Jamesine Fischer, the wife of Flagler County School Board member John Fischer, goes on trail on March 25 on a first-degree felony charge of leaving the scene of an accident that resulted in the death of 76-year-old Francoise Pecqueur on Columbia Lane in Palm Coast in November 2011. While the defense may seek to move the trial to Putnam County because of the publicity the case has generated, the trial, for now, is scheduled to take place at the Flagler County Courthouse before Circuit Judge J. David Walsh, who set the date in a pre-trail hearing on Wednesday.
Fischer, 56, has been out on bail since her booking on the charge last Feb. 24. She did not make an appearance in court Wednesday.
The trial had been originally scheduled for January. If it is held–there is always the possibility of a plea–it promises to be long and complicated, and involve more than five dozen witnesses. “There is in excess of 60 witnesses listed for the trial,” Lynne Bumpus-Hooper, spokeswoman for the 18th Judicial Circuit, said. The defense was actively still deposing the witnesses.
Between civilians and first-responders, including paramedics, there were only about a dozen or so people at the scene of the accident the evening of Nov. 10, 2011, when Fischer, driving her PT Cruiser to see a friend in Palm Coast’s C-Section, struck Pecqueur on Columbia Lane, just past the intersection with Colechester Lane.
The very large number of witnesses suggests that the defense may take two approaches: On one hand, overwhelm the jury with character witnesses on behalf of Fischer by capitalizing on Fischer’s marriage to a school board member, the couple’s involvement in a Catholic church, and John Fischer’s ubiquitous involvement in community events. On the other, undermine the state’s charge of hit-and-run, or any suggestions of impairment, by drawing on expert witnesses and inconsistencies in witness statements (such inconsistencies are usually the nature of accident scenes on dark evenings, but the jury doesn’t necessarily know that) to cast doubt on the allegation that Fischer had, in fact, left the scene knowing that she had hit Pecqueur.
Fischer’s contention was that she thought she hit a small dog, though the windshield on the passenger side of her PT Cruiser was clearly broken (but not shattered) from the impact.
On March 21, the judge will hold a brief pre-trial hearing to confirm the March 25 trial date. No other court proceeds are scheduled between now and then.
The prosecution of the case was moved from State Attorney R.J. Larizza’s office to the state attorney of the 18th Judicial Circuit, at Larizza’s request–not because of publicity in the case, but because earlier this year, then-Sheriff Don Fleming was tangentially associated with the case, and Larizza’s office’s involvement might have been perceived as a conflict of interest. Fleming, who is no longer sheriff, was cleared of wrongdoing in the case. But the move to the 18th circuit in no way affects the location of the trial: the 18th circuit’s prosecutors have been traveling to Flagler for proceedings, and will continue to do so.
In court on Wednesday, the prosecution argued that the case should still be heard locally, with Assistant State Attorney Laura Moody saying that juries are not usually nearly as well informed as people believe. Even Fischer’s attorney, Steven Alexander, agreed with the priority for a case to be heard in its home county.
There’s also the matter of witnesses and costs. Moving a case is expensive. Keeping it in its home county saves people a lot of trouble and money. “You try to do keep that from being a disadvantage to the victims, the survivors, the witnesses,” Bumpus-Hooper said. “It’s less expensive for the state.”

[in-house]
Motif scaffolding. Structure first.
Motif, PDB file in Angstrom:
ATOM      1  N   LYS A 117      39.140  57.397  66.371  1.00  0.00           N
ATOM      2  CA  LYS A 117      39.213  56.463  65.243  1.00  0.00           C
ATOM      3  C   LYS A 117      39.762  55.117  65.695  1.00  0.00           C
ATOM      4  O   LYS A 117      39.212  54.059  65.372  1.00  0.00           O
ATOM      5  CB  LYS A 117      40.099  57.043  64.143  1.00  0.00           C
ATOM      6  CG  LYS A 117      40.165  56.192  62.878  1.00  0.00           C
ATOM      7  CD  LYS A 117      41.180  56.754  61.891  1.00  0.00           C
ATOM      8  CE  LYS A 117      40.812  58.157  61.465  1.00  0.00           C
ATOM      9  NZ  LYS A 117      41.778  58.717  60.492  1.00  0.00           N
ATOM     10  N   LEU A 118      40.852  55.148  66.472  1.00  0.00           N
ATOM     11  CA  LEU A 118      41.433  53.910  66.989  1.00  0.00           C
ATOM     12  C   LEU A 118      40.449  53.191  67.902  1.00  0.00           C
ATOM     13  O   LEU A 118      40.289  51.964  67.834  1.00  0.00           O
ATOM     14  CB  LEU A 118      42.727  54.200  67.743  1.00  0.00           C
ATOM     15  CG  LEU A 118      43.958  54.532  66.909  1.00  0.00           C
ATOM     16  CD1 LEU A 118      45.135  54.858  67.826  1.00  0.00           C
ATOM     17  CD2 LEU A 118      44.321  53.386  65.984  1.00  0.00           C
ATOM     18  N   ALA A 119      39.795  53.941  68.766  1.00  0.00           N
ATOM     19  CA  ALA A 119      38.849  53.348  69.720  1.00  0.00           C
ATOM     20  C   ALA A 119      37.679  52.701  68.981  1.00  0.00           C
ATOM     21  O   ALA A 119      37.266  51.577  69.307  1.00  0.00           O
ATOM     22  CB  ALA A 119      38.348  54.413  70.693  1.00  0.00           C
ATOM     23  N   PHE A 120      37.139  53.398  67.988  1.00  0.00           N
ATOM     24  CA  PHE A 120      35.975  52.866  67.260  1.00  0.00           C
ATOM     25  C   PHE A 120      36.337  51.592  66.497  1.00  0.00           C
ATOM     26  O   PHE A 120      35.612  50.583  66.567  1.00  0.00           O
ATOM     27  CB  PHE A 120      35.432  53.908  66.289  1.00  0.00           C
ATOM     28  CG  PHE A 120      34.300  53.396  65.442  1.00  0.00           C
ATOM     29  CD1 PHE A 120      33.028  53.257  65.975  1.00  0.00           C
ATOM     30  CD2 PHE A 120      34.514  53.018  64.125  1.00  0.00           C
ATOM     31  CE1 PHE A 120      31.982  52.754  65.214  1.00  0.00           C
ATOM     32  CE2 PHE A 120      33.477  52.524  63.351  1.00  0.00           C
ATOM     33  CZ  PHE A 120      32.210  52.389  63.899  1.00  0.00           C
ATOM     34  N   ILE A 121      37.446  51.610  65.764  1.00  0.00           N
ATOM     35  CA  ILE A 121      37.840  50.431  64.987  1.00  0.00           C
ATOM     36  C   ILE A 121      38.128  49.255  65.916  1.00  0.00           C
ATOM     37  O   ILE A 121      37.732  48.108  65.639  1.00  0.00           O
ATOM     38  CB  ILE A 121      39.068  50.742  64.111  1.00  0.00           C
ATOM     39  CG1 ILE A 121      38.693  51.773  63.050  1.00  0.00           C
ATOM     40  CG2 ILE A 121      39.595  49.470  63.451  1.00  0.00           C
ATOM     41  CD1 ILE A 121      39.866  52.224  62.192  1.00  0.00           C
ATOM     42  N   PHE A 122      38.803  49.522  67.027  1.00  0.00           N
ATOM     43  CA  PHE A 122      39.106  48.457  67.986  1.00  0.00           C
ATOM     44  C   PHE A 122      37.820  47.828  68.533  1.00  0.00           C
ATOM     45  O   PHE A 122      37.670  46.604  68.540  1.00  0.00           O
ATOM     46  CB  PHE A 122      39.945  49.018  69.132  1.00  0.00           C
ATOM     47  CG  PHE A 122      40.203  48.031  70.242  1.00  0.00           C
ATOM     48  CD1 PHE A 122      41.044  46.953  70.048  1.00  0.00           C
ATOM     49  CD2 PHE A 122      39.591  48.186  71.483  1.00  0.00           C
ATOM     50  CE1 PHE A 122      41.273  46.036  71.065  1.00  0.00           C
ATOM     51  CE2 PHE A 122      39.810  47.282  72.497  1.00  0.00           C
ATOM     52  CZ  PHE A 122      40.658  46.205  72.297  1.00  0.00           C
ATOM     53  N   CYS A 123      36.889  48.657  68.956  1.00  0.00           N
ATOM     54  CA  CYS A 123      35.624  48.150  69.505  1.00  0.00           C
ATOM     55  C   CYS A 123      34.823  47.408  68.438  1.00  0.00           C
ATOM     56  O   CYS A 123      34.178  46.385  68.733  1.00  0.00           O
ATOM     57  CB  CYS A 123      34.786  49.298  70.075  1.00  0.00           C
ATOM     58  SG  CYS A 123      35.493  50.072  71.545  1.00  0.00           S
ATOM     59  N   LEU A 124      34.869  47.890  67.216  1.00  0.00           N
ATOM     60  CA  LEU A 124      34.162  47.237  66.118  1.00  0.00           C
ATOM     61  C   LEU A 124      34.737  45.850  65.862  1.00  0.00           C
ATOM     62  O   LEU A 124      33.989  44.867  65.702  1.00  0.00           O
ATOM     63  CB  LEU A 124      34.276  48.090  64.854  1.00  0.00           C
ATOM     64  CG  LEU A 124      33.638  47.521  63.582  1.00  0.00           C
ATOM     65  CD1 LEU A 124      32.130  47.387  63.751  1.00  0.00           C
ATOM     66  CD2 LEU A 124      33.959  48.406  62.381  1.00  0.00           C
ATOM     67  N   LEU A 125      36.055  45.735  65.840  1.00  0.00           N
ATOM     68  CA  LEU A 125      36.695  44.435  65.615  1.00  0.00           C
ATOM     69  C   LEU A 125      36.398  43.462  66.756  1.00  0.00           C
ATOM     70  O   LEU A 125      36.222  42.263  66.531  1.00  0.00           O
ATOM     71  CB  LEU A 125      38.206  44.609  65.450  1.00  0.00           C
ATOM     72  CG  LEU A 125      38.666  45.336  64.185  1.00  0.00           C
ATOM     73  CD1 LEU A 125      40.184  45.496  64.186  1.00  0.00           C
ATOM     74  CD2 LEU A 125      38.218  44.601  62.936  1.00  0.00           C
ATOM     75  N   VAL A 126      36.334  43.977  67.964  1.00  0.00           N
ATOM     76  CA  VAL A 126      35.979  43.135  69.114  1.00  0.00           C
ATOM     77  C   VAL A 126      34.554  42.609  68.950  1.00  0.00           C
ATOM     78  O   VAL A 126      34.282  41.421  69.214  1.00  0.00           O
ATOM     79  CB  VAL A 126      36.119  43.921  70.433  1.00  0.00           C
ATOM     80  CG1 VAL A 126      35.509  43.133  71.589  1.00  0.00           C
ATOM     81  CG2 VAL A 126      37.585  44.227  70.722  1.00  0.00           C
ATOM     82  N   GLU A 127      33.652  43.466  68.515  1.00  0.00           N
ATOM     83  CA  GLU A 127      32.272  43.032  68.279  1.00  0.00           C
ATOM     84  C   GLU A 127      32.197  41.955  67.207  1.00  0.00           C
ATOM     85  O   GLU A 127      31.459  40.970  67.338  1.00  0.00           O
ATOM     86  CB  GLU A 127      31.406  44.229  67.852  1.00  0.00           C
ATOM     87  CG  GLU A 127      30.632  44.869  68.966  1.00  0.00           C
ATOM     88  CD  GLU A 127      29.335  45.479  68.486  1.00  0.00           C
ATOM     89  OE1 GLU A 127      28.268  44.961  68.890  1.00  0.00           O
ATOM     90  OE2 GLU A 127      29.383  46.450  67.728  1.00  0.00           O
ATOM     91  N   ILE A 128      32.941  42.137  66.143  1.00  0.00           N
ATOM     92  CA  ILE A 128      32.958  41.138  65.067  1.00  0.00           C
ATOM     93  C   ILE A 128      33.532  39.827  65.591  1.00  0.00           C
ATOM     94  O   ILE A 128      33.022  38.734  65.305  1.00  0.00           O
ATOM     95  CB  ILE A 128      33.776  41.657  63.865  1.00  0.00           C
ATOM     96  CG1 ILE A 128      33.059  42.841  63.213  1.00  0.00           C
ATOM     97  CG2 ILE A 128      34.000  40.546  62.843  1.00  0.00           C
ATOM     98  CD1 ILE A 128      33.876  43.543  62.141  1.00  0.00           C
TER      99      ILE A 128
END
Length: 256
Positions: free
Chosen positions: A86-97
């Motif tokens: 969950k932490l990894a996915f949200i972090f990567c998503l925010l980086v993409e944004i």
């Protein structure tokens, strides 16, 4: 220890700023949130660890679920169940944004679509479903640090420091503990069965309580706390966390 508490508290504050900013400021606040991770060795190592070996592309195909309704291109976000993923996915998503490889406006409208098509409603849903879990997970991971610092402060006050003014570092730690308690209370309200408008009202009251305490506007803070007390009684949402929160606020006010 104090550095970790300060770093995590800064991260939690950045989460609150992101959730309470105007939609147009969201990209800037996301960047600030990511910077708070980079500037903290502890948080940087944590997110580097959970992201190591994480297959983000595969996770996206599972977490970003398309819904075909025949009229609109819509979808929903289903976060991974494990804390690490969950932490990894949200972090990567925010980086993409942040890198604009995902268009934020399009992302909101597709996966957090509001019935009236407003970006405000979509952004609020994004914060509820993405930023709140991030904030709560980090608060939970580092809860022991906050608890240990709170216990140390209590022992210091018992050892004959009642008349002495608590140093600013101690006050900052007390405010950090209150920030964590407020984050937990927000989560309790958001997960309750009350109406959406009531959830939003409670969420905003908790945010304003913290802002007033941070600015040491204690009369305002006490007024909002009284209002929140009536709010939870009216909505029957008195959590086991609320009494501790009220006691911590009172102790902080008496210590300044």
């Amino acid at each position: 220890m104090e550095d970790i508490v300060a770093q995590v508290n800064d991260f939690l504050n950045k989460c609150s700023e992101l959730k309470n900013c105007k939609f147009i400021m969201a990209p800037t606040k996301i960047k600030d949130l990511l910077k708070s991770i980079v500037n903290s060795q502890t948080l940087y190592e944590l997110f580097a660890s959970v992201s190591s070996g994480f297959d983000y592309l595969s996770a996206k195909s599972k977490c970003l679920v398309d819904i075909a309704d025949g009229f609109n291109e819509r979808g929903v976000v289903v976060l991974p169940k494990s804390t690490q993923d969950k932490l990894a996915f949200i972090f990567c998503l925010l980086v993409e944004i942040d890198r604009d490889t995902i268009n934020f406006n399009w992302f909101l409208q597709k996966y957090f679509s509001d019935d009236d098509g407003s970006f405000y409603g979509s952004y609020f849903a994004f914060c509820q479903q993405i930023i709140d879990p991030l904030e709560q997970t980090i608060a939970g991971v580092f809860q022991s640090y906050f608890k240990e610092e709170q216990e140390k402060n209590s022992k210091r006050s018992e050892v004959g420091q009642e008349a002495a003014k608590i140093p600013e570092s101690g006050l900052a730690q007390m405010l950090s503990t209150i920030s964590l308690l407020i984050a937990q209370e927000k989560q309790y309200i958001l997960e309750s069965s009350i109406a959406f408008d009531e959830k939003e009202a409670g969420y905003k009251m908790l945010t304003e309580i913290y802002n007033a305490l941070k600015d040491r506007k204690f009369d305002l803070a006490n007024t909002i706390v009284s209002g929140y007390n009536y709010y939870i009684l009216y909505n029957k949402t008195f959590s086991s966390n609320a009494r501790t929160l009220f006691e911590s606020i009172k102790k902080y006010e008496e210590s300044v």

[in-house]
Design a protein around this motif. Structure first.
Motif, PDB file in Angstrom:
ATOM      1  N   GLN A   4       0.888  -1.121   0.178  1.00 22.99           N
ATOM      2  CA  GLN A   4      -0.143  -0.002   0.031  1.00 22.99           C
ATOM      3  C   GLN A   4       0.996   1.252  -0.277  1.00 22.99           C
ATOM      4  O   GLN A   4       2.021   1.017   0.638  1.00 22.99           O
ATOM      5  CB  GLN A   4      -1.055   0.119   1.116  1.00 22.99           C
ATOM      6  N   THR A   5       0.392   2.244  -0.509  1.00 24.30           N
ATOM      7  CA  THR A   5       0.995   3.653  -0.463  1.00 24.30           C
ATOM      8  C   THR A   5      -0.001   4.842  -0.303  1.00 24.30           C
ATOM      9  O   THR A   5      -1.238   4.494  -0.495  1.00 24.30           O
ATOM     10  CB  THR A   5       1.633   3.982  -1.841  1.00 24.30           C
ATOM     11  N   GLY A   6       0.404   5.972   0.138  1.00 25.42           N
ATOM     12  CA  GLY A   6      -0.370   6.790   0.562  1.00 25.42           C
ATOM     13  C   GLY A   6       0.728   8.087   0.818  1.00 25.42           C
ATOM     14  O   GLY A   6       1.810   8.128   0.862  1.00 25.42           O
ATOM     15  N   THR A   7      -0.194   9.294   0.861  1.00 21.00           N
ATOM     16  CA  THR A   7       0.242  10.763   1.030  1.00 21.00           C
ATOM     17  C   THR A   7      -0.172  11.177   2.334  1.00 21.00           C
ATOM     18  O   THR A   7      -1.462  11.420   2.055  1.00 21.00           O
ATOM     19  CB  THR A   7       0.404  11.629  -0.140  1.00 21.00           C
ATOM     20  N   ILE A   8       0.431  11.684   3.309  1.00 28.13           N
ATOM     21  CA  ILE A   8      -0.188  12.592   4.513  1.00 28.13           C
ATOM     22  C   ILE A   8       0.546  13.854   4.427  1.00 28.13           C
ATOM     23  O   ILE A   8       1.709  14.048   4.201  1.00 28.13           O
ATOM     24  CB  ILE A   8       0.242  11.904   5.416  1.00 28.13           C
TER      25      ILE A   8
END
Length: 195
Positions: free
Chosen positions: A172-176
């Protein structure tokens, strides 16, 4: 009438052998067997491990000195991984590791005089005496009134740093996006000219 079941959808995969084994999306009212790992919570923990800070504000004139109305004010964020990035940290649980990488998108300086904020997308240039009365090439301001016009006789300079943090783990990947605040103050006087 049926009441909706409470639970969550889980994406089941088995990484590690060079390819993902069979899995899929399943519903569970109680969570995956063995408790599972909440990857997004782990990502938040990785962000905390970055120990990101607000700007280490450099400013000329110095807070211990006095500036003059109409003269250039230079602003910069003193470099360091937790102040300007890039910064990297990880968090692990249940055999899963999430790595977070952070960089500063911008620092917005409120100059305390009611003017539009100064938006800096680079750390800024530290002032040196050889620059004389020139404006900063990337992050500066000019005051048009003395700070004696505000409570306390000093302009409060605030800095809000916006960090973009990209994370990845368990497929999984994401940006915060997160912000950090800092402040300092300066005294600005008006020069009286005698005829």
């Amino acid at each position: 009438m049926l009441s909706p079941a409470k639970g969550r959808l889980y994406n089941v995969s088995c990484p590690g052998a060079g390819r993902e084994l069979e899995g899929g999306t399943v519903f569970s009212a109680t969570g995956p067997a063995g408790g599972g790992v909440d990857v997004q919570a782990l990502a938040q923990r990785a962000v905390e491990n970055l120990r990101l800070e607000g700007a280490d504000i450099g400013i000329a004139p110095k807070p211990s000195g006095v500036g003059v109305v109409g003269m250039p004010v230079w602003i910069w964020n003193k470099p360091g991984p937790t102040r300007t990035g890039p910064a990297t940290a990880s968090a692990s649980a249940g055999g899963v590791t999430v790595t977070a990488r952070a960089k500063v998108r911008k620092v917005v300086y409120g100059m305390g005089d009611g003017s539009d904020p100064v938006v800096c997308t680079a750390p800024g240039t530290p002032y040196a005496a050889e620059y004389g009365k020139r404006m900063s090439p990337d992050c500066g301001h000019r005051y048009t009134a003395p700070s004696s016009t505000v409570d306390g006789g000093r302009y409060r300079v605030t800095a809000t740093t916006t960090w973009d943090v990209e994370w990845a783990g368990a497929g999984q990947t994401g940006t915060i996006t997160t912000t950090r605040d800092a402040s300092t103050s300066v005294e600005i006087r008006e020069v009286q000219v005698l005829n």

At first Pecqueur’s injury was reported to paramedics–and to the sheriff’s office’s 911 center–as resulting from a fall: it’s what Fischer herself told paramedics, when she was stopped at the scene, never intimating that she may have been the reason Pecqueur–a very slight woman who was walking a tiny poodle the size of a few fists–was lying in a swale with head injuries. Fischer became aware of the smashed windshield, she says, about an hour after the time when she thought she’d hit a dog–but still did not call 911. Someone who was walking along Columbia actually called 911. (Not calling 911 is a violation of law even when an individual believes he or she has struck an animal.)
It was 12 hours before Fischer called authorities to say that she may have hit Pecqueur.
“Um, I was driving down, um, Columbia, how can I explain, anyway,” she told the 911 dispatcher. “Um, I was driving down and I heard a thud, and I thought I hit a dog, and then when I got out of the car, I pulled over, when I got out of the car there was a lady laying there, um, and I thought she had fallen and the dog was free, and I had hit the dog, and the Evac came, and you know, um—”
“So did you stay on scene there?”
“I did, and nobody came, I mean, Evac was there and they took the woman.”
“Did you tell them that you thought you may have hit her?” the dispatcher asks.
“I didn’t realize it until afterward because, um, I was going to a neighbor’s house down the road and when I pulled into the driveway and got out of the car, that was the first time I noticed that my windshield had shattered.”
Steven King, a Flagler County Fire Rescue firefighter-paramedic at the scene, said he’d been dispatched to the scene for a fall. Only one witnesses claimed to have seen Pecquer fall in the swale. “I have to take it with a grain of salt,” King told an investigator of that claim. “At the time I did not see any vehicle, I did not see any lady that stated that her dog was hit or anything like that. I was just told that she fell into the swale.” Pecqueur herself was unresponsive.